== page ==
HEATHER ANNE LOMAX
Photos of Heather Anne Lomax by: Shots By Morrison
THE DOMAN TRACKS RELEASING ON 11.03.23
PRE-SAVE/PRE-ADD THE DOMAN TRACKS HERE
It’s not what you take when you’re living
It’s what you leave behind when you go
— “Bits and Pieces”
Los Angeles-based singer-songwriter Heather Lomax’s The Doman Tracks, a moving, often intensely personal collection of original songs recorded with the late Michael Doman, formerly the singer-songwriter-producer of the noted ‘80s L.A. rock band Broken Homes, will be issued by Blackbird Recording Label on CD and digitally on Nov. 3.
Lomax and Doman cut the intimate material during two years of recording sessions. The recordings were set aside, but Lomax returned to them after Doman’s untimely death from a brain ailment in December of 2020.
“I really wanted to honor him and the beauty that he had and the gift that he brought to the world,” Lomax says. “I remember sitting with him and saying, ‘Mike, you cannot wait forever to release this music. Don’t wait until after you’re dead for your stuff to come out.’ But Mike was his own worst enemy.
“I said, ‘I’m putting this out in Mike’s honor. He bugged me for years to do it, and I’m gonna do it in his honor.’ So I called Jason Hiller, who engineered the sessions. He had mountains of material that we had done over the two years, because Mike liked to re-do things — ‘Let’s try it this way.’ I sat with Jason and listened to hours of recordings. I picked the eight tracks that I thought were the most poignant or affecting.”
Lomax first encountered Doman at a showcase mounted by a producer who was seeking talent to work with. She recalls, “I remember seeing Michael with his curly hair and this red sparkly satin shirt that looked like something out of Tom Jones’ closet and these black leather pants. And I asked, ‘Who is this knockoff of Bob Dylan?’ And the producer said, ‘Oh, it’s Michael Doman. You’re gonna love him.’ And of course I did — I thought he was fantastic and very quirky. I thought, wow, what an odd, interesting and talented character.”
She adds, “At the time, I wasn’t aware of Broken Homes. I was just aware of what he was doing solo. I went over to guitarist Jeff Sebens’ house once, and he started playing some Broken Homes records, and I said, ‘Who’s this?’ And he said, ‘It’s Mike!’ I said, ‘What?’ Because I had never heard of Broken Homes, nor did Mike talk about them. At the time, he didn’t really want to bring up his past.”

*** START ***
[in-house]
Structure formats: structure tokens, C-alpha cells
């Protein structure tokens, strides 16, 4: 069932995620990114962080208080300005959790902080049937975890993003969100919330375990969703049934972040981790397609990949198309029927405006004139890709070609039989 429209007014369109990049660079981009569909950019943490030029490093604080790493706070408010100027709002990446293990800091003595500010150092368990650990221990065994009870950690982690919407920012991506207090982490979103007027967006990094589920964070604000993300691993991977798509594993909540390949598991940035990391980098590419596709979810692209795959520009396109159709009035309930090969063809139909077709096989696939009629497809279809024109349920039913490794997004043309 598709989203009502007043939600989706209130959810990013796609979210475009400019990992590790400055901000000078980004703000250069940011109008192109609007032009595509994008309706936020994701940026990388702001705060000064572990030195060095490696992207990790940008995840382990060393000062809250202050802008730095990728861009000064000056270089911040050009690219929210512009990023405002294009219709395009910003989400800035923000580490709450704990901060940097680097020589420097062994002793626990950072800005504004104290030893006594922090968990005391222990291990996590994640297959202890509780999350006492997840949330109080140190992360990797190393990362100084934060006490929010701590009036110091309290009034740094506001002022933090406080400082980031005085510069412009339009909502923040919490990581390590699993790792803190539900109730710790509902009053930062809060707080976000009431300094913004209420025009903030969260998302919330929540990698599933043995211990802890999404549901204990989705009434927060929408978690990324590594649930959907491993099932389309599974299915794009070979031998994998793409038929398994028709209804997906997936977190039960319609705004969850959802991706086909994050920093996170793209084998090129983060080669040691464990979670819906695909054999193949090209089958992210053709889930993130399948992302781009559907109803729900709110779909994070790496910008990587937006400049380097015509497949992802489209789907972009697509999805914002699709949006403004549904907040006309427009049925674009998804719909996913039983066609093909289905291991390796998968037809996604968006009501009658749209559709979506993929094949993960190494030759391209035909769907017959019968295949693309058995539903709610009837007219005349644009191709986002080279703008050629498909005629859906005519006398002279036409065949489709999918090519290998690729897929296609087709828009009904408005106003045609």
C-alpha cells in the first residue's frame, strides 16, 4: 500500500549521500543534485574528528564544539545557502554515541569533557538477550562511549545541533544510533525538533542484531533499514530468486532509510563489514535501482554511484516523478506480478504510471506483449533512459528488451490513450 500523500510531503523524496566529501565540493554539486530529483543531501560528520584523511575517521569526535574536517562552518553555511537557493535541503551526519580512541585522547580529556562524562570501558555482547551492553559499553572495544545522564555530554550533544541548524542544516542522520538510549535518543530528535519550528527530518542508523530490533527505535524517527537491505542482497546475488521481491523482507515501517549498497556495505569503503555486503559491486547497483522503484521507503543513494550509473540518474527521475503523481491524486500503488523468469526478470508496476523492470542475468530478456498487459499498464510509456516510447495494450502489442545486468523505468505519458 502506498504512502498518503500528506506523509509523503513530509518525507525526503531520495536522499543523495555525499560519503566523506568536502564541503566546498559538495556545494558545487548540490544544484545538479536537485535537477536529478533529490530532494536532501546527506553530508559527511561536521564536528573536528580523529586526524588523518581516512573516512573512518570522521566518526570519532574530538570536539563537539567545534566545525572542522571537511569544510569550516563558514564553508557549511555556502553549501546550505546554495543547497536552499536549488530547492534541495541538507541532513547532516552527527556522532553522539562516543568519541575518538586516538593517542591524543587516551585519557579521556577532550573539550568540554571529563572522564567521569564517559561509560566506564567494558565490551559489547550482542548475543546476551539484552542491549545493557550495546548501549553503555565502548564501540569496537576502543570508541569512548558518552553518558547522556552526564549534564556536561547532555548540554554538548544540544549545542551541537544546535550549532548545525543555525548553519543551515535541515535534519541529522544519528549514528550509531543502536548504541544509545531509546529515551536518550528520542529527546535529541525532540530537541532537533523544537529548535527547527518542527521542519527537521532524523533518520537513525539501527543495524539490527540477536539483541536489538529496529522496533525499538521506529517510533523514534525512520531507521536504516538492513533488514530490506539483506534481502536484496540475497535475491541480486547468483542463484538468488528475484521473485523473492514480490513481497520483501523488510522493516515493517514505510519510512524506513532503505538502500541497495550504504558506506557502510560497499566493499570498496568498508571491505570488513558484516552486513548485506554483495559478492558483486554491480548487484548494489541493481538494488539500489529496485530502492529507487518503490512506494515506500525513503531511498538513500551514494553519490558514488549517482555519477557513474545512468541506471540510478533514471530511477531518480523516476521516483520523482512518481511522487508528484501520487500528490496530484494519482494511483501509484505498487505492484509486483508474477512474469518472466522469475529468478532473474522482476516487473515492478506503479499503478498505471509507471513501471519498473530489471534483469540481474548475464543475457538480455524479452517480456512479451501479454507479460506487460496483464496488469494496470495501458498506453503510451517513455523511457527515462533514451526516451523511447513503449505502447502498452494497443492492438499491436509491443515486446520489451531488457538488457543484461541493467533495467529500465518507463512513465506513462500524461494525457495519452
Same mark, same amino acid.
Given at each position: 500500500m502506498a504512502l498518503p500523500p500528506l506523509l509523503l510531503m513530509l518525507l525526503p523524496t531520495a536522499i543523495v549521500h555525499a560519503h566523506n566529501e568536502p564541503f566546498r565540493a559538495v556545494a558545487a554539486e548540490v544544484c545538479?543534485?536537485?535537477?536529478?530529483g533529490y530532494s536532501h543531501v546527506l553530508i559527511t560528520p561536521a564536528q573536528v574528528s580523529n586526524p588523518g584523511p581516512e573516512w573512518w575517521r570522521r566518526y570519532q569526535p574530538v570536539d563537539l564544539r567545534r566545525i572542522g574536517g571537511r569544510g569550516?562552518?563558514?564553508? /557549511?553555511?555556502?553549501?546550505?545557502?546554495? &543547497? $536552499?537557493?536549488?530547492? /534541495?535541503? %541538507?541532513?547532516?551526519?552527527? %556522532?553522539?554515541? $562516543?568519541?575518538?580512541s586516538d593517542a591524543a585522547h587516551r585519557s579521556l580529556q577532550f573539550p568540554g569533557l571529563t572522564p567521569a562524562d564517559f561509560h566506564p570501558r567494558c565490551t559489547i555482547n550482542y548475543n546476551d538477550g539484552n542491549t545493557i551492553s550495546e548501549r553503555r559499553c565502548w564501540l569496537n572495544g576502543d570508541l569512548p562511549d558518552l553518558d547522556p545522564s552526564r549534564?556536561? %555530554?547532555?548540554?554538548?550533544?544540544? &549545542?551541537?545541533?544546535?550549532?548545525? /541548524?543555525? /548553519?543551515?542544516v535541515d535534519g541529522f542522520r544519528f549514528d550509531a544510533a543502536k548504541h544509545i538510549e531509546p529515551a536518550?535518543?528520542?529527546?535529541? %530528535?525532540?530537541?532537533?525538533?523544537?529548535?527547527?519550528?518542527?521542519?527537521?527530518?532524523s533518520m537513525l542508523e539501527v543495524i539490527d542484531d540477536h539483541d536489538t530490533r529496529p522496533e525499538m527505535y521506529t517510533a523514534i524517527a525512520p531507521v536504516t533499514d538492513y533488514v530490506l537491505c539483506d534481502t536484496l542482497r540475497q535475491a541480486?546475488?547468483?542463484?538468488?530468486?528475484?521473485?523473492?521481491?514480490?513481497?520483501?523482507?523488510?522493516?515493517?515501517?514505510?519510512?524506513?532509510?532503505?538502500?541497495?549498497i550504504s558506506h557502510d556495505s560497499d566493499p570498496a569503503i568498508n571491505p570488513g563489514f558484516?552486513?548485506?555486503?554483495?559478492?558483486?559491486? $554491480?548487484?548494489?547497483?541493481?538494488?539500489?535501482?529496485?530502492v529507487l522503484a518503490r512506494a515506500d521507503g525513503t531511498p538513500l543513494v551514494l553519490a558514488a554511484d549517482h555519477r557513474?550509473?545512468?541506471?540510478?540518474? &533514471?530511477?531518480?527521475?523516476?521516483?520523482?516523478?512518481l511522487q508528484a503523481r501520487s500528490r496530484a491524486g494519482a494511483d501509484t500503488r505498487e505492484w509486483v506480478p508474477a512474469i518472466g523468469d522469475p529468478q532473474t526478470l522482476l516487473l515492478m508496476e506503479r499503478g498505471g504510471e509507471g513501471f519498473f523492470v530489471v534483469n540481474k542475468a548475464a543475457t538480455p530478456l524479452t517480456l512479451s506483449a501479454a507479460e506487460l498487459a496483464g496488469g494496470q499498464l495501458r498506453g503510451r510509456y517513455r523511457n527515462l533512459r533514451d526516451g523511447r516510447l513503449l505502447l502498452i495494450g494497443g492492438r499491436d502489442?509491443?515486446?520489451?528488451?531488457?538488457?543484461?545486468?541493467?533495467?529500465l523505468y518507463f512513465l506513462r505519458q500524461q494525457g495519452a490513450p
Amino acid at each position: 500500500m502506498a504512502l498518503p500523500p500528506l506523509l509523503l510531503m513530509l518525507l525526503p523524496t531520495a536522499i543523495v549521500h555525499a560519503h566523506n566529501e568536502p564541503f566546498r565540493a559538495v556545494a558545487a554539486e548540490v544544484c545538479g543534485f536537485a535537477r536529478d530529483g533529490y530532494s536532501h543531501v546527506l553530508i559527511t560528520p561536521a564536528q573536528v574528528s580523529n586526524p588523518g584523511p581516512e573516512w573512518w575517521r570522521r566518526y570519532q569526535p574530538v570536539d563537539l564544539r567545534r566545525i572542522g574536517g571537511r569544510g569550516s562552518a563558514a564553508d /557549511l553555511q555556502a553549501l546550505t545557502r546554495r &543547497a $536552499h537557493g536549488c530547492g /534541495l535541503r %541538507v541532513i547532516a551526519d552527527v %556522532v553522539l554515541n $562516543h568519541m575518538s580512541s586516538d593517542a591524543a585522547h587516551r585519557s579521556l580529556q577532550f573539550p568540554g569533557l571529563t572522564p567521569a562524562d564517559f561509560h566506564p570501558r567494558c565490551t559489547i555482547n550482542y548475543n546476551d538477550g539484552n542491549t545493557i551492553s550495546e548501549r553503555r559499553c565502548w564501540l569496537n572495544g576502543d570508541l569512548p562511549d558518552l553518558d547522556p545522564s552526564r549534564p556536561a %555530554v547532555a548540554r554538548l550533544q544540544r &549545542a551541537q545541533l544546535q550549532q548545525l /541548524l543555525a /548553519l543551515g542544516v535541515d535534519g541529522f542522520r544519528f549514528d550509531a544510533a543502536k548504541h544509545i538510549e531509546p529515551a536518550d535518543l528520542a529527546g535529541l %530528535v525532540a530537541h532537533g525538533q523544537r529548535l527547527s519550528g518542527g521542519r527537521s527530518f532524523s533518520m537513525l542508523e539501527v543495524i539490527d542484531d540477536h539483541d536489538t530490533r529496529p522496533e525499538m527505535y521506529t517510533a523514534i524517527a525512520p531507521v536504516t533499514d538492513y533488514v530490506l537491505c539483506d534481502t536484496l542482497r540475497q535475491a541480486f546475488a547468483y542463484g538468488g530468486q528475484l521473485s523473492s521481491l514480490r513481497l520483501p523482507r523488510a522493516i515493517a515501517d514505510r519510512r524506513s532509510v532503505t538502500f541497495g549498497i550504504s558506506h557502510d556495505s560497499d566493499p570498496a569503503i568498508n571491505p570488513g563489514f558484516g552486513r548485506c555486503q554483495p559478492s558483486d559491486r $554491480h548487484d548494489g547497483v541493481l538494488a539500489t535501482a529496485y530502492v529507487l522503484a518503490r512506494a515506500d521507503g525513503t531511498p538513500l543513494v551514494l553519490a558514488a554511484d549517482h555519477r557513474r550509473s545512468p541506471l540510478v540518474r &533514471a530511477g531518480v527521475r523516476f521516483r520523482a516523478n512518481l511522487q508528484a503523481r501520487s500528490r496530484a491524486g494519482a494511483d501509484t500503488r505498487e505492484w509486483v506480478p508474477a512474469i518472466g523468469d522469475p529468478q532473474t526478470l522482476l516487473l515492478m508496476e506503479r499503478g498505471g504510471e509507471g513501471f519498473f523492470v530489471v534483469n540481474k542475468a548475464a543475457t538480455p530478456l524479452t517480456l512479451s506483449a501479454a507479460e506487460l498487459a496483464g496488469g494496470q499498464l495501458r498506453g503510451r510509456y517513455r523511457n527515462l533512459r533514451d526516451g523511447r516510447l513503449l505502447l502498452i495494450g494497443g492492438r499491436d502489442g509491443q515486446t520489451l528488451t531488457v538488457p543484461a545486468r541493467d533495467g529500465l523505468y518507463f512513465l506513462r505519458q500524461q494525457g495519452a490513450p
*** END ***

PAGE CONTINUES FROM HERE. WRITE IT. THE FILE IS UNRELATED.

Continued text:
When Lomax first encountered him, Doman was working solo at such L.A. singer-songwriter venues as the Hotel Cafe, Kulak’s Woodshed, and Room 5. He was also embarking on a short tour with the remaining members of The Doors. But in the mid- and late ’80s, he had served as the front man and principal songwriter for Broken Homes, a local quartet widely viewed in those days as “the Band Most Likely to Succeed.” The group recorded three hard-rocking, Stones-inflected collections for MCA Records, but their work failed to gain traction amid the local hair-metal boom, and the group dissolved in the early ‘90s. (In a coincidence of timing, all three of Broken Homes’ long-out-of-print albums finally appeared on streaming services earlier this year.)
While Doman and Lomax both decided against working with the producer, she says, “Mike said, ‘I really love your music, but you need to work on your performance,’ and he said, ‘I would be happy to sponsor you to make a record if your performance was up to snuff.’ I looked at that as a challenge.”
A year-long period of woodshedding ensued. Lomax plotted a show for Doman with her then-current band the Ozark Mountain Thrush, but the musicians’ car broke down on the way back from Arizona, and she hastily rehearsed a two-hour solo performance for him.